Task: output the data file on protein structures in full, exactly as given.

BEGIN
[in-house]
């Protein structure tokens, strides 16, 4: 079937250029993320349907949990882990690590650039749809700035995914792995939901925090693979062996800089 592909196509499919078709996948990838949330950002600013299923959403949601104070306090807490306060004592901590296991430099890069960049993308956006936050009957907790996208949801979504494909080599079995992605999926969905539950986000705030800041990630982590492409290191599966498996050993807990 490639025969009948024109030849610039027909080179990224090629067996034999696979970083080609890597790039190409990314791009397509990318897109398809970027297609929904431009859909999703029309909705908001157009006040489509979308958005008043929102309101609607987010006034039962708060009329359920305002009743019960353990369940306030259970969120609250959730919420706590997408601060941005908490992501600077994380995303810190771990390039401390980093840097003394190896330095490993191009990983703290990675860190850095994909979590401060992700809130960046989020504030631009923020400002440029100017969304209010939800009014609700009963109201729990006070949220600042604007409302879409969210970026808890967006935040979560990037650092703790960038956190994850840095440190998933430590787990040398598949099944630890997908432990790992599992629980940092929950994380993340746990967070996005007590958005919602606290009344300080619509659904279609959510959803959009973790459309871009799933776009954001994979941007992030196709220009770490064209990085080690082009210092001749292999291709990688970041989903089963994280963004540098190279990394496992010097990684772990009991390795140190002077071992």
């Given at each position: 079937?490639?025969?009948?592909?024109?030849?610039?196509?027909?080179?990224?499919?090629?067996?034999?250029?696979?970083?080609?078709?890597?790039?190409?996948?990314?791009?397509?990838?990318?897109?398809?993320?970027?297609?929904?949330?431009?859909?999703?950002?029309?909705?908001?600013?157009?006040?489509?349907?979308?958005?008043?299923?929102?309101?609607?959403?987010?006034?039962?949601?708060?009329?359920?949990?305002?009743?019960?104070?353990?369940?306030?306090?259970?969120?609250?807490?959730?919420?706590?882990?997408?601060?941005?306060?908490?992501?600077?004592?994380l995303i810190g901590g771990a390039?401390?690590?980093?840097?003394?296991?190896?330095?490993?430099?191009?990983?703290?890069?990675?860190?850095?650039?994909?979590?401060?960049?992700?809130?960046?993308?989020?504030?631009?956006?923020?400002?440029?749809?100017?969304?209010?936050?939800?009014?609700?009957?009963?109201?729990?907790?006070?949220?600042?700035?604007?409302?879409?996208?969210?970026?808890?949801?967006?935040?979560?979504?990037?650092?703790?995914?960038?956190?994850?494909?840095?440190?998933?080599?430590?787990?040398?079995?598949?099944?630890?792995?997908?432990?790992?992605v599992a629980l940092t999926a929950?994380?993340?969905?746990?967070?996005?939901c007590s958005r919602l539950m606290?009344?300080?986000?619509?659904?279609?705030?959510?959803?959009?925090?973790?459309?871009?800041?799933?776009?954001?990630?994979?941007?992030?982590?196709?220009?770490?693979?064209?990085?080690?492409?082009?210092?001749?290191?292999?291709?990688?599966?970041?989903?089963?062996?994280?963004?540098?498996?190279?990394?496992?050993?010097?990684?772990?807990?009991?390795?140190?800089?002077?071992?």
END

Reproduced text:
[in-house]
């Protein structure tokens, strides 16, 4: 079937250029993320349907949990882990690590650039749809700035995914792995939901925090693979062996800089 592909196509499919078709996948990838949330950002600013299923959403949601104070306090807490306060004592901590296991430099890069960049993308956006936050009957907790996208949801979504494909080599079995992605999926969905539950986000705030800041990630982590492409290191599966498996050993807990 490639025969009948024109030849610039027909080179990224090629067996034999696979970083080609890597790039190409990314791009397509990318897109398809970027297609929904431009859909999703029309909705908001157009006040489509979308958005008043929102309101609607987010006034039962708060009329359920305002009743019960353990369940306030259970969120609250959730919420706590997408601060941005908490992501600077994380995303810190771990390039401390980093840097003394190896330095490993191009990983703290990675860190850095994909979590401060992700809130960046989020504030631009923020400002440029100017969304209010939800009014609700009963109201729990006070949220600042604007409302879409969210970026808890967006935040979560990037650092703790960038956190994850840095440190998933430590787990040398598949099944630890997908432990790992599992629980940092929950994380993340746990967070996005007590958005919602606290009344300080619509659904279609959510959803959009973790459309871009799933776009954001994979941007992030196709220009770490064209990085080690082009210092001749292999291709990688970041989903089963994280963004540098190279990394496992010097990684772990009991390795140190002077071992």
């Given at each position: 079937?490639?025969?009948?592909?024109?030849?610039?196509?027909?080179?990224?499919?090629?067996?034999?250029?696979?970083?080609?078709?890597?790039?190409?996948?990314?791009?397509?990838?990318?897109?398809?993320?970027?297609?929904?949330?431009?859909?999703?950002?029309?909705?908001?600013?157009?006040?489509?349907?979308?958005?008043?299923?929102?309101?609607?959403?987010?006034?039962?949601?708060?009329?359920?949990?305002?009743?019960?104070?353990?369940?306030?306090?259970?969120?609250?807490?959730?919420?706590?882990?997408?601060?941005?306060?908490?992501?600077?004592?994380l995303i810190g901590g771990a390039?401390?690590?980093?840097?003394?296991?190896?330095?490993?430099?191009?990983?703290?890069?990675?860190?850095?650039?994909?979590?401060?960049?992700?809130?960046?993308?989020?504030?631009?956006?923020?400002?440029?749809?100017?969304?209010?936050?939800?009014?609700?009957?009963?109201?729990?907790?006070?949220?600042?700035?604007?409302?879409?996208?969210?970026?808890?949801?967006?935040?979560?979504?990037?650092?703790?995914?960038?956190?994850?494909?840095?440190?998933?080599?430590?787990?040398?079995?598949?099944?630890?792995?997908?432990?790992?992605v599992a629980l940092t999926a929950?994380?993340?969905?746990?967070?996005?939901c007590s958005r919602l539950m606290?009344?300080?986000?619509?659904?279609?705030?959510?959803?959009?925090?973790?459309?871009?800041?799933?776009?954001?990630?994979?941007?992030?982590?196709?220009?770490?693979?064209?990085?080690?492409?082009?210092?001749?290191?292999?291709?990688?599966?970041?989903?089963?062996?994280?963004?540098?498996?190279?990394?496992?050993?010097?990684?772990?807990?009991?390795?140190?800089?002077?071992?």